Friday, September 29, 2006

Arab PR tricks

From GLORIA, September 26, 2006, by Barry Rubin ...

To understand what is going on now in the Middle East, and in Western perceptions of the region, it is a revelation to recall the brilliant prophecy made by Syrian Foreign Minister Faruq al-Sharaa in January 2000.....

..... In his January 2000 speech to the Syrian Writers' Union, Sharaa opened on a pessimistic note. After their defeat in the 1967 war, the Arabs seemed to be "really cornered and faced with one of two choices. Either we have to accept a peace that is akin to capitulation and surrender, which can never be the peace we want, or we have to reject peace without a solid ground on which to base this rejection."..... Rejecting peace without a solid basis meant just sounding extremist by preaching perpetual war on Israel.

For decades, Arab states had publicly insisted they would never make peace with Israel. After Egypt did so in the late 1970s, every regime tried to prove it was not a traitor like Sadat. Then Arafat made a deal in 1994, and Jordan signed a peace treaty thereafter. The old position was not just untenable, it was recognized as a public relations' disaster.

Here is how Sharaa put it prophetically in 2000, a few days before Syria rejected getting its land back through the peace process: "If we do not get our land through the peace process, we will win the world and Arab public. For Israel has continued to claim that it is always with peace and that the Arabs are against it. True, the media are directed against us and are in favor of the enemy to a large extent, but it is possible to penetrate these mighty, hostile media.... Our strong, solid, and persistent position and the reaffirmation of our constants in a convincing way are bound to have an effect."

In other words, as long as the Arab side explicitly rejects peace, Israel will have the diplomatic and media advantage. What must be done is to say the Arabs were ready for peace, to repeat demands and so, "in a convincing way," persuade the international community that Israel was at fault for the conflict since it rejected these demands.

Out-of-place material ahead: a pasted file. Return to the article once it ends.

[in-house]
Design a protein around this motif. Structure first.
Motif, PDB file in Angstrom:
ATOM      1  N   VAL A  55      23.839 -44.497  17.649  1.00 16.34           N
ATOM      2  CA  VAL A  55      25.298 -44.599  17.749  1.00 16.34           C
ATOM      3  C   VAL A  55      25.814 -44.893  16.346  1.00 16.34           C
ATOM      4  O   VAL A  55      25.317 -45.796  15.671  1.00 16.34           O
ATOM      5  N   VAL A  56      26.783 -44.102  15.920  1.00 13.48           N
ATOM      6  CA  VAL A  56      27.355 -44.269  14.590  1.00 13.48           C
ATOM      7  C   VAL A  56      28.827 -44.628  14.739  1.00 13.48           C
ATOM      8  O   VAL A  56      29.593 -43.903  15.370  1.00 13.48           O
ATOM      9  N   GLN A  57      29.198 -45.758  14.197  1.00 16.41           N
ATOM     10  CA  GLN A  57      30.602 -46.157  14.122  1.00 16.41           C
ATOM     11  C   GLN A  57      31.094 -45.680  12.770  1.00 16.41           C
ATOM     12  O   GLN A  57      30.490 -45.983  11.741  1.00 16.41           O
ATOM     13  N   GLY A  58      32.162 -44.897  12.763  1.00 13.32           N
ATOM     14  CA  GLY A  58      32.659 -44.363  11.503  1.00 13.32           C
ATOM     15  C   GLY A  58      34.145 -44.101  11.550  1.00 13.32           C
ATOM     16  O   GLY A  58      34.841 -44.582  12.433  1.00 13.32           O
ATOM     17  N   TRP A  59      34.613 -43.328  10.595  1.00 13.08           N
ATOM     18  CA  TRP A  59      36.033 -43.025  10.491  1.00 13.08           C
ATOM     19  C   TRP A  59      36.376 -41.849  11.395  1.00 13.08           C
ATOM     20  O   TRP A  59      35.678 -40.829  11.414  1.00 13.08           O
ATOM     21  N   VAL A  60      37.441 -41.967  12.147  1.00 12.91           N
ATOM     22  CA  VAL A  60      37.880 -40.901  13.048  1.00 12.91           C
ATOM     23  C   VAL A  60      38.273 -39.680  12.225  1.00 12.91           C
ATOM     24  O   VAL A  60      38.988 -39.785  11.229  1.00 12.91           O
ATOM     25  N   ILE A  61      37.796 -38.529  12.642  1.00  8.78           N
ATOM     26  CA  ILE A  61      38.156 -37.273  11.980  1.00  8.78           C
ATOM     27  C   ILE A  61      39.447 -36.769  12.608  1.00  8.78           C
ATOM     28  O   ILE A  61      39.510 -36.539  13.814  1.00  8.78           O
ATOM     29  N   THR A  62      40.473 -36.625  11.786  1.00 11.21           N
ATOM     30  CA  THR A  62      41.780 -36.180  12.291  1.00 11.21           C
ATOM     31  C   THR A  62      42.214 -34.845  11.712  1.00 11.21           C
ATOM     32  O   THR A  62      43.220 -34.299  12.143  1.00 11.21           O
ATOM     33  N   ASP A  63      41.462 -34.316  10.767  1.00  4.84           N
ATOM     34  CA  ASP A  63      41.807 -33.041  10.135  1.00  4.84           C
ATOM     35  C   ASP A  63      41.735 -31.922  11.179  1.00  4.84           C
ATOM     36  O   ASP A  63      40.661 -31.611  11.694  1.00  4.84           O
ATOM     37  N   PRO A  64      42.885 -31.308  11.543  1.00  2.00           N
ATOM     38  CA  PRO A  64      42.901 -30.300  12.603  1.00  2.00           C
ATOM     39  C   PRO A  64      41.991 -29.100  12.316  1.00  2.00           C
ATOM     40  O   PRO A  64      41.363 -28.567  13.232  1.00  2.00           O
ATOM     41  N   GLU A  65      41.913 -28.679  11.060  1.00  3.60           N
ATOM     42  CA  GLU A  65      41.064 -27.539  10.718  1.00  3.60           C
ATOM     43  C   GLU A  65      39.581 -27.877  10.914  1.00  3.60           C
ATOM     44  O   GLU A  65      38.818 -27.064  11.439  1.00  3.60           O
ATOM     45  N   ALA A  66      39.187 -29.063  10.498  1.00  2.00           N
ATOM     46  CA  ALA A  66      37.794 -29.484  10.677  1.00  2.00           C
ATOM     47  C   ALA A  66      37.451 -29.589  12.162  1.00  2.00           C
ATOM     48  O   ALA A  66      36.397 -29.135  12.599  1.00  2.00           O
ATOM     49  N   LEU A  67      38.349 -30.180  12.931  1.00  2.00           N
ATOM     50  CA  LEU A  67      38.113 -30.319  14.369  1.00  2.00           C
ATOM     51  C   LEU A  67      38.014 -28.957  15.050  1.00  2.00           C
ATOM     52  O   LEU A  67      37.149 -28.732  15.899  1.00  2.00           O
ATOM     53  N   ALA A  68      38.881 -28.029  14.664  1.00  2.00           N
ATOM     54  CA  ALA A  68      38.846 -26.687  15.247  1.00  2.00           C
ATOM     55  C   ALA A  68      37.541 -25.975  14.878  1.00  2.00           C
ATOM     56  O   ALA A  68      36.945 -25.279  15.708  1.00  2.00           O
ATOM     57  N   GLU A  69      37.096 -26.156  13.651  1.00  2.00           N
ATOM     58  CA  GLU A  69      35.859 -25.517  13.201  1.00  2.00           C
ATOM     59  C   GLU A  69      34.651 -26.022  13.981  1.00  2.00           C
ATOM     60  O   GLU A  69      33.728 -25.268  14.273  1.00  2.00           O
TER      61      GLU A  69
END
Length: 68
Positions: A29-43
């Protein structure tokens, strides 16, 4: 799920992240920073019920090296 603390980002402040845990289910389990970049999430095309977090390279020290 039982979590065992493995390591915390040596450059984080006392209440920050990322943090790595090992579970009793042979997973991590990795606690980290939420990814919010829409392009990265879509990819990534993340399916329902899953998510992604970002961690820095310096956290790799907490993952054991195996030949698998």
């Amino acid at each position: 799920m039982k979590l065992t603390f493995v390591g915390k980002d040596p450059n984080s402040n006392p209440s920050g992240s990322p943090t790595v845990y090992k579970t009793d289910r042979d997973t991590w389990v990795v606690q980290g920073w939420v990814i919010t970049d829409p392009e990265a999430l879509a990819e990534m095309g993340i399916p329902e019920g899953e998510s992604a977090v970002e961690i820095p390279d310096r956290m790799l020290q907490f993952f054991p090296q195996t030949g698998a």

When Israel did offer almost everything the Arabs sought, new, other issues were found to explain why the Arabs said "no." Such issues include the Palestinian demand that all refugees should return to Israel (where they can sabotage it from within.) Then, there are always tiny, forgotten pieces of territory, as with the Hizballah's claim that Israel is occupying a small piece of Lebanon (the Shabaa farm), which everyone else (including Syria) regards as Syrian territory; or the Syrian demand for Israeli land illegally occupied by Syria in 1948, which would give Damascus a claim on Israel's main water source. There is always the pretext of prisoners being held by Israel (those who committed the last round of terrorist attacks) or quibbling over language. Has Hamas recognized Israel's right to exist? Well it has, maybe, perhaps, sort of implicitly, hinted, if you read between the lines and ignore what Hamas leaders say in Arabic to the contrary.

"A strong argument is important in the media," said Sharaa back in 2000. "We only want our land and rights. They are the ones who are exposed now because they want to keep the land...." And so, six years after Israel offered to give up all the land it captured in 1967, it is possible to persuade the world that... Israel has not offered to do so. Immediately after Israel withdrew from all the Gaza Strip and proposed large withdrawals from the West Bank, much of the Western media, and even governments, were convinced that the problem was that Israel is still an occupier.

No wonder Sharaa concluded, "So, in either case, we will not lose."

With Arab regimes insisting they did want peace--but avoiding any irreversible step in that direction--the world's diplomats beat a path to their door. Even after Arafat and Syria rejected peace in 2000, an Arab leader merely had to say he wanted peace--with whatever subtle qualifications or differences between English-language flexibility for Western ears coupled with Arabic intransigence for the folks at home--and the onus was put on Israel for the failure to make a breakthrough.....

Barry Rubin is Director of the Global Research in International Affairs (GLORIA) Center, Interdisciplinary Center university. ... Prof. Rubin's columns can be read online at:

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